The idea of time is so inescapable but vague. Thought about constantly, but not seemingly intentionally. It's something happening all the time but realized less often. It's honestly one of the most difficult parts of life for me to conceptualize. Time is completely fair. We know exactly how many minutes are in an hour, even how many seconds. And yet the effect of it feels so personal. Sometimes I literally feel offended when it 'goes' too fast or too slow, especially when someone's time is gone and it leaves a very felt, painful absence.
There are deadlines, schedules, calendars, to-do lists, time-outs, clocks, timers, stopwatches, alarms, meeting times, moments, hours, days, weeks, months, years, lifetimes. There is so much that revolves around time. Even our internal clock revolves around it. When will our time on this earth be over? We don't know. And yet, we enter life knowing that our measurements are all we know, and how much we have left to measure, is up to Him.
And I think this is one reason why the Sabbath was introduced, the original intention for the Sabbath is for rest and worship. God knows that we need days that are spent intentionally and outside of the limitations of a clock in, clock out mentality. The word Sabbath is considered to be derived from the verb 'sabat' meaning to stop, to cease, or to keep. Doesn't that sound so lovely? To stop the time, to cease it, and to keep it. To keep the world around you, hold it, admire it, and look at it a little more closely with care. It was meant to be kept holy.
Observe the Sabbath day, to keep it holy, as the Lord your God commanded you. Six days you shall labor and do all your work, but the seventh day is a Sabbath to the Lord your God. On it you shall not do any work, you or your son or your daughter or your male servant or your female servant, or your ox or your donkey or any of your livestock, or the sojourner who is within your gates, that your male servant and your female servant may rest as well as you. Deuteronomy 5: 12-14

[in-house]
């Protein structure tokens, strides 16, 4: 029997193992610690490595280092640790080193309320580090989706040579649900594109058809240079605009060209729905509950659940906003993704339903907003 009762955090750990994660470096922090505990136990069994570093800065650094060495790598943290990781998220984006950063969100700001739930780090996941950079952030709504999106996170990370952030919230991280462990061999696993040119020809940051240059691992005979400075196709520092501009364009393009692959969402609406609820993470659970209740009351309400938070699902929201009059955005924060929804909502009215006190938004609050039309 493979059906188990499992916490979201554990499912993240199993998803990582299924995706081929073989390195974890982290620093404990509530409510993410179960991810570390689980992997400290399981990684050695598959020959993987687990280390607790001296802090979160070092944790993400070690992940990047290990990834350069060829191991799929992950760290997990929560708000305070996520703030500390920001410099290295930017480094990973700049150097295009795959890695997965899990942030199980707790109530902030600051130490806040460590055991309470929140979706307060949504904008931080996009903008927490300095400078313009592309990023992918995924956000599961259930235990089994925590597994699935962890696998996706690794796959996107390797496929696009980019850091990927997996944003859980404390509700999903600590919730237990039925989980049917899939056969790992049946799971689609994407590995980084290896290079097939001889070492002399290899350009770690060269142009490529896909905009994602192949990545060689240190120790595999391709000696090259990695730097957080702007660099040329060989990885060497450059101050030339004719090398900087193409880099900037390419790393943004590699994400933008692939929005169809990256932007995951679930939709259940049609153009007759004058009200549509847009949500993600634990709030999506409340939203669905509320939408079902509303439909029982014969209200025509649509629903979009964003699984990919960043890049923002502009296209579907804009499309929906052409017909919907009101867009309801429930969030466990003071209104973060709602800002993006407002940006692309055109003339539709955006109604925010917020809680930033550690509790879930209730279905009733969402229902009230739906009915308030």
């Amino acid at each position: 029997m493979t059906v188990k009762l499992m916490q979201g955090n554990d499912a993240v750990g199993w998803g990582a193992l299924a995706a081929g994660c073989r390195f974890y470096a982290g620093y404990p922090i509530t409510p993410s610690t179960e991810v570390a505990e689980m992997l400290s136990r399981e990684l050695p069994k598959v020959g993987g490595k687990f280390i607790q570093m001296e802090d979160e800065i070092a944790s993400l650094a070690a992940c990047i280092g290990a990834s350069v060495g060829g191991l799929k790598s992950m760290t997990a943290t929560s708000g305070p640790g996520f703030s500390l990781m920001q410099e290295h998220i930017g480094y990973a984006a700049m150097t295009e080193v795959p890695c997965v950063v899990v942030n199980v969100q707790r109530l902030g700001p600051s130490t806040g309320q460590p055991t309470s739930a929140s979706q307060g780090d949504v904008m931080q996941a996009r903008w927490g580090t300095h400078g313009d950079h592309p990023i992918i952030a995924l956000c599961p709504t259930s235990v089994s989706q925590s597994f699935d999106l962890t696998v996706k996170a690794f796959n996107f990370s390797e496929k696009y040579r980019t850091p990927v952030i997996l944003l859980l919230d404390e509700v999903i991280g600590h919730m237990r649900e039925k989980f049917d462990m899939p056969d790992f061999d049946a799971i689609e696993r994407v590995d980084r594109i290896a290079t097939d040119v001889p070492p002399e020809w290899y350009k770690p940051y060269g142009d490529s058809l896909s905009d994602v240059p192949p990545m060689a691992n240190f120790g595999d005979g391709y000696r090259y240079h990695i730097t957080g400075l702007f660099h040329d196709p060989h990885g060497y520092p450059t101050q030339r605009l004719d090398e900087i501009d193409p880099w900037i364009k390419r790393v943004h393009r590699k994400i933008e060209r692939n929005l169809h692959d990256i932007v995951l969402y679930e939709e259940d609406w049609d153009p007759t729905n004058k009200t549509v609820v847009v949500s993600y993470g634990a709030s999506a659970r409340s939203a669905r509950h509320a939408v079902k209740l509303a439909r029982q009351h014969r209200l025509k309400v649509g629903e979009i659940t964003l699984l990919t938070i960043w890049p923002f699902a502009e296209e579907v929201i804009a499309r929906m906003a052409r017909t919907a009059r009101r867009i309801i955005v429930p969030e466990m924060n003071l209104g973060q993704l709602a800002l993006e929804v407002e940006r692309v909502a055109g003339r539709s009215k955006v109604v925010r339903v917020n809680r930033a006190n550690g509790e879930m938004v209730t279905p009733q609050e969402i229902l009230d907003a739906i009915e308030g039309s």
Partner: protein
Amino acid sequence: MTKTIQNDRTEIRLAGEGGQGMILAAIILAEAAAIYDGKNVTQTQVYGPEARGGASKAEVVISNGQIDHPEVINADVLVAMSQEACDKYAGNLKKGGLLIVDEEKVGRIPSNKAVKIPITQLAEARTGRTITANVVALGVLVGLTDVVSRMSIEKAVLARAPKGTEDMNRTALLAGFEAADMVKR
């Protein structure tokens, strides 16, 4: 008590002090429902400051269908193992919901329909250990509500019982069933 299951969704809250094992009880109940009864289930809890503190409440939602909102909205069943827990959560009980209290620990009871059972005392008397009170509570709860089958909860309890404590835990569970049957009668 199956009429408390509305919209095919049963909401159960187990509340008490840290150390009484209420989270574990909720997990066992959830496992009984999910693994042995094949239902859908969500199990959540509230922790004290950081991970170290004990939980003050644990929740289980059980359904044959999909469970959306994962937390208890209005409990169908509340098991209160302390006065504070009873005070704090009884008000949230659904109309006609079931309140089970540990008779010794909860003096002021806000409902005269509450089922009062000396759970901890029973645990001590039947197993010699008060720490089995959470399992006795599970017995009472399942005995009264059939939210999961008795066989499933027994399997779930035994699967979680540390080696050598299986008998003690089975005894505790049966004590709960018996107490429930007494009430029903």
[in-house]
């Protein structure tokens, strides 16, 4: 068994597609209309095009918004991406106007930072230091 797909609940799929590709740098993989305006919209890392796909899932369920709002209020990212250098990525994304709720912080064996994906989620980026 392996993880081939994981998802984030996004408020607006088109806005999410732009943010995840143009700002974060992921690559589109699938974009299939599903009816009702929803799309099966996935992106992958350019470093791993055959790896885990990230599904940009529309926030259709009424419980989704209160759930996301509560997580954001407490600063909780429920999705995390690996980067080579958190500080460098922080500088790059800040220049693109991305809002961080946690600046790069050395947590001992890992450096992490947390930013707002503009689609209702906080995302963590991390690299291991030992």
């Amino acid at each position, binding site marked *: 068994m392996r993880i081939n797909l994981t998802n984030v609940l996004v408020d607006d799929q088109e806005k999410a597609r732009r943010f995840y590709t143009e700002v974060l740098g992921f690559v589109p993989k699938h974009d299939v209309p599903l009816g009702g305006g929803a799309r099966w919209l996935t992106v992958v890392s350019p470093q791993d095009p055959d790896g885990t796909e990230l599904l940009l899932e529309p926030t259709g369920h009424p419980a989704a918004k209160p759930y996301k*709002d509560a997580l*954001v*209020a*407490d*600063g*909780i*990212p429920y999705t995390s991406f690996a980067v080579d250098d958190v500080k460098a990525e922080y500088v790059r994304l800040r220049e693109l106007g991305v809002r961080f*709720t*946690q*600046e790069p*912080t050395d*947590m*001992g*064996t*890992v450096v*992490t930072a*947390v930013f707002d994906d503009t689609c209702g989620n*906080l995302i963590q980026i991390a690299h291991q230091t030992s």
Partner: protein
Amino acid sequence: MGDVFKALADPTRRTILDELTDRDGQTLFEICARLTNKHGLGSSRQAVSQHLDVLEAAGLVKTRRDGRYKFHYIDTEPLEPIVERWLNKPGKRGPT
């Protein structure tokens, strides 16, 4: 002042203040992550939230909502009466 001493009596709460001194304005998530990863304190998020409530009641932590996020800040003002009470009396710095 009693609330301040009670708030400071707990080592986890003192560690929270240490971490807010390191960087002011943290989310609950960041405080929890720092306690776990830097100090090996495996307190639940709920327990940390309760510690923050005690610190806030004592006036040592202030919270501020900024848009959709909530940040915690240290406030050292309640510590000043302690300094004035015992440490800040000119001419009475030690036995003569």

The word holy means to be set apart, consecrated, sacred. One day among the others to set aside for focus and worship. This sounds so nice, but what does it actually look like, practically, to observe the Sabbath day?
I think the word use of observe is critical. The Sabbath isn't necessarily about doing or accomplishing anything, it's actually about ceasing from doing, and taking that time to rather observe. To take note of the world around you, the people around you, and then to worship the King of Kings out of thankfulness and notice.
To take delight and peace in what has always been there, but now with the full opportunity to appreciate it in a whole new sense. The Sabbath is not this really nice, fluffy day made for me to relax and do nice self-care things, but rather a discipline, a day of restraint from the normal, with a mindful presence. Our hearts are intended to be reverent and worshipful on this day- a day of reflection and thankfulness for all that is.
I've decided we all need a little more of this. A little less anxiety, and a little more quiet.